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Effects of wheat-canola intercropping on Phelipanche aegyptiaca parasitism

Zeynab Razavifar, Hassan Karimmojeni*, Fatemeh Ghorbani Sini

Department of Agronomy and Plant Breeding, College of Agriculture, Isfahan University of Technology, Isfahan, 84156-83111, Iran

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Received: April 23, 2017
Accepted: August 21, 2017

Abstract

Parasitic weeds especially Phelipanche aegyptiaca decrease severely the production of canola. This study evaluated the effect of intercropping different wheat genotypes with canola on Phelipanche aegyptiaca growth. Ten wild wheat genotypes with different ploidy levels including TRI11712, TRI19322, TRI18664, TRI19652, TRI565, TRI15593, TRI12911, TRI11554, TRI17606, TRI7259P and seven cultivated bread wheats, namely: Falat, Chamran, Alamut, Baiat, Kavir, Sepahan, Alvand in addition to a canola cultivar called Zarfam were studied. The results revealed that intercropping of canola with wheat could significantly reduce broomrape growth depending on the type of wheat genotype. A significant genetic variation of allelopathic activity in wheat was observed, indicating the contribution of multiple genes conferring the allelopathic trait. TRI565 and TRI12911, TRI15593, TRI18664, TRI19652, TRI17606, TRI19322, and TRI7259 genotypes showed strong inhibitory effects and can be considered as potential allelopathic genotypes to suppress broomrape. The inhibitory potential of wild wheat genotypes was stronger than cultivated wheat genotypes. Alamut, Baiat, Alvand, Sepahan, and TRI11712 possessed strong stimulatory effects on broomrape germination. Such genotypes may be valuable as trap crops for depleting the Egyptian broomrape seed bank.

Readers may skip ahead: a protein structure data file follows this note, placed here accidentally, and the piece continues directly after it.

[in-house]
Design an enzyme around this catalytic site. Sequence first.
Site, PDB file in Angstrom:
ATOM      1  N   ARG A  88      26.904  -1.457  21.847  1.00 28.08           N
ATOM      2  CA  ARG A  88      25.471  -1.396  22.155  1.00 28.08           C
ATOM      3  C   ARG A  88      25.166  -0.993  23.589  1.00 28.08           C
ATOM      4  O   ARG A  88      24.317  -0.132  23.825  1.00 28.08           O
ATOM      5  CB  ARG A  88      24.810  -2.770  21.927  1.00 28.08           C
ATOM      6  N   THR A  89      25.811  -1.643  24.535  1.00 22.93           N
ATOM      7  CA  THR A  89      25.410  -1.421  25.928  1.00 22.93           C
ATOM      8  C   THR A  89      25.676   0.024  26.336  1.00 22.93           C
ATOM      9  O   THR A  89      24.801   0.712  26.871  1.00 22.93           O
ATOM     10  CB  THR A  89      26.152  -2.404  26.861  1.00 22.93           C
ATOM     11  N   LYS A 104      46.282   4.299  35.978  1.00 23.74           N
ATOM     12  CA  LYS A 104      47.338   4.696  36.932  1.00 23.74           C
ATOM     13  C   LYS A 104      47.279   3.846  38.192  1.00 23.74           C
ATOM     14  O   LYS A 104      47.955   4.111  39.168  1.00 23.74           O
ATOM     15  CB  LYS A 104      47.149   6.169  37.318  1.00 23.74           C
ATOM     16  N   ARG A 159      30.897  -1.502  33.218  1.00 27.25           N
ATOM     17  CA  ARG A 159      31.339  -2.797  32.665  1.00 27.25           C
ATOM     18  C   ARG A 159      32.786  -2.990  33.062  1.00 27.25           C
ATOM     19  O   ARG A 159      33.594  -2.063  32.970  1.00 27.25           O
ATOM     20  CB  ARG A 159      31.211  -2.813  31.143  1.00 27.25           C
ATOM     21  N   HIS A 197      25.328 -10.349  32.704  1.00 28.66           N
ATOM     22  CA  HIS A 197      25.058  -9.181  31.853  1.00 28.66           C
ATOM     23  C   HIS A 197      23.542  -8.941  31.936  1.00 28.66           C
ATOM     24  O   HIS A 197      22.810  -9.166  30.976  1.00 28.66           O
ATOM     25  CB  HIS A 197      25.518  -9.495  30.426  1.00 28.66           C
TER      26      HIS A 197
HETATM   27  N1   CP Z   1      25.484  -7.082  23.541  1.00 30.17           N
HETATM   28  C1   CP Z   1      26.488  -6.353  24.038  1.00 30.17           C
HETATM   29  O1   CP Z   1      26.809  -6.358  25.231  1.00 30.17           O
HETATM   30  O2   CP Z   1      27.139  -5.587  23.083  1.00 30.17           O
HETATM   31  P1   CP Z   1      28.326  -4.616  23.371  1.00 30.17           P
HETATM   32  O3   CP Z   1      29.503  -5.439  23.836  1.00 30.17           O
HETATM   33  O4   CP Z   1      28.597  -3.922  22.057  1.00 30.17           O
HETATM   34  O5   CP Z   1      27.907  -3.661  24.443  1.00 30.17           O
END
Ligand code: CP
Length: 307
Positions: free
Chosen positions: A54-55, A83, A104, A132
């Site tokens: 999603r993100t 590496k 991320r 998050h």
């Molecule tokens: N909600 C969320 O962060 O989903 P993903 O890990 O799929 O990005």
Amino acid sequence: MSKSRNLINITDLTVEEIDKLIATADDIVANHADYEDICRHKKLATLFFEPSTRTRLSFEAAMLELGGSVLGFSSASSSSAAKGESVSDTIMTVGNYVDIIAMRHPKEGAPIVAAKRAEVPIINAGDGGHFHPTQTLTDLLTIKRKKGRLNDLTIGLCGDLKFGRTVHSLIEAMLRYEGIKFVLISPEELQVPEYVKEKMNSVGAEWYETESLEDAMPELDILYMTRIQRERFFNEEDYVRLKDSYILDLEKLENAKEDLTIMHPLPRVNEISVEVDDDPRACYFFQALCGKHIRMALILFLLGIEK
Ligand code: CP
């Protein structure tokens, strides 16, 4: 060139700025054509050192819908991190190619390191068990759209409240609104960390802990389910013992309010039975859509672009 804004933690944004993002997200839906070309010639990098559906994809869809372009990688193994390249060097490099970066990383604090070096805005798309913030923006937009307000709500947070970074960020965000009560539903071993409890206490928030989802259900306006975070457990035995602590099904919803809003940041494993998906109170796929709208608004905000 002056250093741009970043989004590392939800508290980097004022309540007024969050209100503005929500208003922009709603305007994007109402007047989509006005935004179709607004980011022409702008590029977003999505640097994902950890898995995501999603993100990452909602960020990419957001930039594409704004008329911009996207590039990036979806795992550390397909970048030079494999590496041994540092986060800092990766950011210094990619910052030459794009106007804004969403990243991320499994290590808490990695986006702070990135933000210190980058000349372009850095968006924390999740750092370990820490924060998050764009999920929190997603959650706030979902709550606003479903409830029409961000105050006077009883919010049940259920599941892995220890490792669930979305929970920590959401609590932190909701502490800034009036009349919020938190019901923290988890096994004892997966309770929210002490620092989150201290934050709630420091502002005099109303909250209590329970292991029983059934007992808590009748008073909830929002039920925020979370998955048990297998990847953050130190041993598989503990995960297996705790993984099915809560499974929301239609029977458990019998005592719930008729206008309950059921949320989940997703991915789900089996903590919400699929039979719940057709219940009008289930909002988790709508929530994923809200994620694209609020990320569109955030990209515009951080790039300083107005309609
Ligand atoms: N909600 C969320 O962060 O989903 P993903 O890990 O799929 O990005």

Key words: allelopathy, intercropping, parasitic plants, Phelipanche aegyptiaca, Striga, wheat-canola

 
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